The girls encounter each other several times throughout their work on airfields.  Their first meeting is when Julie and Maddie help an injured German pilot land his plane on their runway–by pretending he’s safely made it back to France.  Two things are really striking about these characters, given their time and place. 1-They are girls who are capable, skilled, and efficient at jobs almost exclusively reserved for men.  Maddie is a mechanic and a pilot; Julie becomes a spy.  2-They are incredibly close and good friends.  There are a lot of female friendships represented in literature as catty and jealous.  I know a lot of women who feel more comfortable with men than with other women.  Consider a character like Bella Swan from Twilight. She has almost zero female friends, and 99% of her life is caught up between two dudes.  Of course, there are a lot of problems with Twilight; I won’t go into all that.  The point is, seeing a strong and loyal female friendship is rarer than you might think.

This book is a little bit of a ‘mind game’, as the NYT blurb on the cover indicates.  The first 1/3 of the book is Julie’s narrative.  She is writing on borrowed scraps of paper after being caught in occupied France. She has been tortured by the Gestapo, and she is writing her story to delay her upcoming transfer to a concentration camp.  It’s bleak and manic, describing in detail her ill-treatment and her guilt over giving up information to the Nazi’s.  She tells the whole story of her relationship with Maddie, from its inception.  From Maddie’s point of view.  Maddie is on her mind constantly, because the Gestapo have showed her pictures of Maddie’s crashed plane and the charred body in the cockpit. The UK cover shows a more accurate depiction of the book, but I wonder if I would have read the book if it had had this cover?

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But there are twists and turns once we reach the middle of the book.  Both girls are so capable and so honest with their written accounts, that you start to believe that things might work out.  But this is Nazi-occupied France, and I’m not spoiling anything by telling you that it doesn’t all work out.  As much as I was hoping for a miracle at the end, there wasn’t one.  But the bittersweet ending makes you appreciate even more the truly bad-ass nature of these two girls, and of everyone just fighting for survival at that time.  People surviving the Blitz, the French resistance living in constant fear, the beleaguered and eternally-ruined souls of everyone who took part in the Nazi party and in the Gestapo.  Everyone was just…surviving, if they were lucky.  I really am not someone capable of dealing with this level of misery! If I think about it too much, I can’t get out of bed in the morning.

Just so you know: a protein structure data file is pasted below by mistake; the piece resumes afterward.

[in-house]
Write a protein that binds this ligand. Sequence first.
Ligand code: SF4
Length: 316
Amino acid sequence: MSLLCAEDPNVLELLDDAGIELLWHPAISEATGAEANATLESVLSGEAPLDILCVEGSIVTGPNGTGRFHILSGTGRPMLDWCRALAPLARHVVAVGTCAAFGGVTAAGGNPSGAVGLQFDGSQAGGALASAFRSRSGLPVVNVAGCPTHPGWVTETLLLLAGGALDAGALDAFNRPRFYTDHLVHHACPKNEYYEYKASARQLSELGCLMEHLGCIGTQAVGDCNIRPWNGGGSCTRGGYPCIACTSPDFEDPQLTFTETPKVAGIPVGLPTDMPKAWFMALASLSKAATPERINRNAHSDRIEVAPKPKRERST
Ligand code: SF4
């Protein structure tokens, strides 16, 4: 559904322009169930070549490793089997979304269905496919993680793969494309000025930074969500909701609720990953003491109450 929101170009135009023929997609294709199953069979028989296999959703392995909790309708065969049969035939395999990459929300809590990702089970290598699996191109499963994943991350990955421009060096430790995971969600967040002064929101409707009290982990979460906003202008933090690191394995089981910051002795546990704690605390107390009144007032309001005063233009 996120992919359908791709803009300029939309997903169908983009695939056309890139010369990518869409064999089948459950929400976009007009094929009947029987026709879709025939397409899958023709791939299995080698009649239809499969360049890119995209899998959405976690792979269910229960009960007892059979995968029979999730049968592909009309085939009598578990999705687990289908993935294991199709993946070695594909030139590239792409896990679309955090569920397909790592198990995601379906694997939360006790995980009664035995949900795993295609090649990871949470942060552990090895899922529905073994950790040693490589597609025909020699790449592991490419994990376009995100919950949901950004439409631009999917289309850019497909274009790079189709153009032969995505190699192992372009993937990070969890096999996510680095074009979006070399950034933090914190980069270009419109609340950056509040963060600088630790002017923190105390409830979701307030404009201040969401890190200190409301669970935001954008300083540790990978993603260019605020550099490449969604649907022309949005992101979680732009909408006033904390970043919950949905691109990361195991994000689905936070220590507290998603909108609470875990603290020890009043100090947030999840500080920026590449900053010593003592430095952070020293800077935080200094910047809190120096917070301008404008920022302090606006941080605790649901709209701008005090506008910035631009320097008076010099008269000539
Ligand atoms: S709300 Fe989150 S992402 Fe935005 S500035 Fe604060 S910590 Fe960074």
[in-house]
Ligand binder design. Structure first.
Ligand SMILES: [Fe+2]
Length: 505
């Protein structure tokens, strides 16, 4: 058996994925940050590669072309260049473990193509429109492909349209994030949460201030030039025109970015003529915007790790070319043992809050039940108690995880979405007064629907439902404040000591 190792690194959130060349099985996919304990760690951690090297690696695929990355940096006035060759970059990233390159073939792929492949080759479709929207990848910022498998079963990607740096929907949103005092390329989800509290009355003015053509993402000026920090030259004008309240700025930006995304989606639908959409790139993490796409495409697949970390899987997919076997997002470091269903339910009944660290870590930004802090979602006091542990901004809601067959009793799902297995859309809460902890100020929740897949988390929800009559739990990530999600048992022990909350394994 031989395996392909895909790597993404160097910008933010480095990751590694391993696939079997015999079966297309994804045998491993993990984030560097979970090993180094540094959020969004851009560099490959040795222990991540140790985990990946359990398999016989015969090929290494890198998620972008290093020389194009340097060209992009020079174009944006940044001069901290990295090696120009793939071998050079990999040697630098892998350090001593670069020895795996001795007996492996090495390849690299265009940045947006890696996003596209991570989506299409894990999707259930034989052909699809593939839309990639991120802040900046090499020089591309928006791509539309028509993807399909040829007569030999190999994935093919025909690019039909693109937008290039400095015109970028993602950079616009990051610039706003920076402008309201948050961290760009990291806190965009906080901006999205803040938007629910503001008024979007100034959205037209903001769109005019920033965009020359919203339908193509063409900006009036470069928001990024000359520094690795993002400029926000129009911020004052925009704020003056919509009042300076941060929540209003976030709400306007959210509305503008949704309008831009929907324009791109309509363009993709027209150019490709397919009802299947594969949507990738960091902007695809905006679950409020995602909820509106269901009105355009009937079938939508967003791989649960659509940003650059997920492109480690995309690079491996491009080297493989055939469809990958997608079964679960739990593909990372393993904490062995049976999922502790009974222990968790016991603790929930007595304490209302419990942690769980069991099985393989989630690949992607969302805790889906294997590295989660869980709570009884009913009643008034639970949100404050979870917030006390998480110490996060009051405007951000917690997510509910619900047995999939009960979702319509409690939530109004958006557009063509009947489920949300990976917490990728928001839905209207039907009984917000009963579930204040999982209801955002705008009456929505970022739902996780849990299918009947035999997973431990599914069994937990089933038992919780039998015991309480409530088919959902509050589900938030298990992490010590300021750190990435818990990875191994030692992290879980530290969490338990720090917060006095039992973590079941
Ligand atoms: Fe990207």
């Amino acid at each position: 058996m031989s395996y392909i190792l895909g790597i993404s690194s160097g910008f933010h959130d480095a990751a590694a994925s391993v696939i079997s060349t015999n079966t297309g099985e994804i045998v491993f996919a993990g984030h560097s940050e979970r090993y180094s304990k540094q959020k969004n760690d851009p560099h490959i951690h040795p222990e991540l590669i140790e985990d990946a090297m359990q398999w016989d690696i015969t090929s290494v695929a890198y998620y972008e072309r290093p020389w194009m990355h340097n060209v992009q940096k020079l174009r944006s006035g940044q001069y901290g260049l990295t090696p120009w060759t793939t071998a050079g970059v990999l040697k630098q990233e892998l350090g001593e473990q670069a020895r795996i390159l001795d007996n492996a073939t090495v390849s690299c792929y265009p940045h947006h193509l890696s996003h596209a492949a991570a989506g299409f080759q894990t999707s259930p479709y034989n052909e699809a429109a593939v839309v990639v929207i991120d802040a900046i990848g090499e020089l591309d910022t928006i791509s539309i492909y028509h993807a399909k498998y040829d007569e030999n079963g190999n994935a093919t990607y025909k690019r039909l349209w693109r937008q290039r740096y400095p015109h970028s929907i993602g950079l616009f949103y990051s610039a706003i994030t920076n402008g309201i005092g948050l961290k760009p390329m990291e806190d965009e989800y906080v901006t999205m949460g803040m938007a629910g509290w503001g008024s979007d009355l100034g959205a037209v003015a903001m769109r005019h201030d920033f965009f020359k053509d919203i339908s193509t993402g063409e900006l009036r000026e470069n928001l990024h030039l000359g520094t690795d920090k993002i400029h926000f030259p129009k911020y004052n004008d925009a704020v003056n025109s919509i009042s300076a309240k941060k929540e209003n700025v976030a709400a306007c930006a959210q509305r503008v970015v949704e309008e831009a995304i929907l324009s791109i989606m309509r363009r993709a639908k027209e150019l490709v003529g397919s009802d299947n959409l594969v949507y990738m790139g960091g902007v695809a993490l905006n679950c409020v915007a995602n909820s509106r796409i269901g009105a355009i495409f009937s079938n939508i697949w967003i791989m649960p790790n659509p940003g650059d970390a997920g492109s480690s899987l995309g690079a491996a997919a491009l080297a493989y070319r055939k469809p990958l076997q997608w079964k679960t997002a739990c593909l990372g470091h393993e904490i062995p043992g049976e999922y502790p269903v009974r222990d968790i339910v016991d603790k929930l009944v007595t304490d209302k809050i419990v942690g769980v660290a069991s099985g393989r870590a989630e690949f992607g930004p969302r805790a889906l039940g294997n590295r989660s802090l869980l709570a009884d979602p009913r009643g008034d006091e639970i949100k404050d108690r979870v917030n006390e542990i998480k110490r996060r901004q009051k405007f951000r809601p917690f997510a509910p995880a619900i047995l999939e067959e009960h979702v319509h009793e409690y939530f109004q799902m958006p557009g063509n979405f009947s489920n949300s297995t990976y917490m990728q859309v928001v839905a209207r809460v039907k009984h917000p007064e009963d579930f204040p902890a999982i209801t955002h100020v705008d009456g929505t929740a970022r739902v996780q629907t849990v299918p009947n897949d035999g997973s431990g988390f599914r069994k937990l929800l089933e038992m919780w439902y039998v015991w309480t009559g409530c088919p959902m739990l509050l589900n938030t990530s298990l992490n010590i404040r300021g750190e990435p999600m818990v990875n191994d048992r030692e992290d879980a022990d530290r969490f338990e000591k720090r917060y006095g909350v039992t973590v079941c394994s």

Before you have me committed for manic depression, I’ll snap myself out of it.  I had mixed feelings about the end, because the girls were so honorable and so easy to look up to, but anyone born in that time was just going to experience their fair share of misery.  Now that I’ve calmed down about the ending, I can look back and say that I really enjoyed the book. It was worth dealing with the pain to see such capable, smart, emotional, and brave women as main characters in a story.  No man to save the day; they rely on themselves.  The book also makes sure to make every character–even the Gestapo interrogator– a real human, with flaws and doubts and pleasures and pains.  Books that portray Nazi’s as superhuman monsters aren’t helping us avoid making the same mistakes in future. I think this book was really successful at taking a totally inhuman, alien concept like being a P.o.W. in a Nazi stronghold, or like hiding with a family in the French Resistance, and makes it seem real and comprehensible.  It gives life to an era I (fortunately) didn’t see.  I really enjoyed it, even though it required a lot of chocolate to recover from.

Spies of Warsaw

Spies of WarsawBBC America aired this 2-part miniseries in April, though it aired in the UK in January.  The miniseries was based on a spy novel by Alan Furst, and takes place in Poland (obviously) and throughout central Europe in the late ’30s. David Tennant plays Colonel Mercier, a French aristocrat and spy. Janet Montgomery plays Anna Skarbek, an official with the League of Nations and Mercier’s love interest.

I can’t say I loved it, to be honest.  I think there are a number of reasons for this –some my own preferences and some general problems with the miniseries–and I’ll run down them briefly.

First, I’m not crazy about the subject matter.  Almost all thoughts of World War II make me so upset as to be nauseous. The only thing that terrifies me more than Nazi uniforms are Hitler Youth uniforms.  But this is my own personal preference, and doesn’t reflect on the quality of the series.

Second, the format left something to be desired.  This was two 2-hour episodes; 2 full movies in other words.  I think there could have been a lot more tension built around the characters’ fates if it was split into maybe 4 parts.  I wasn’t entertained enough by it to focus solely on it for two entire hours.  And this isn’t just my attention span that is the problem–each episode of Sherlock is 90 minutes long, and I’m riveted for most every second.  I couldn’t fathom picking up my iPhone and doing solitaire while watching that.  I spent good chunks of my viewing time for Spies of Warsaw playing a geography game on my phone.  Hey, anyone need to know where Guinea-Bissau is? Because I’m hoping that knowledge will bring me the big bucks in life.  The point is, it was too long and moved too slowly for 2 hour blocks at a time.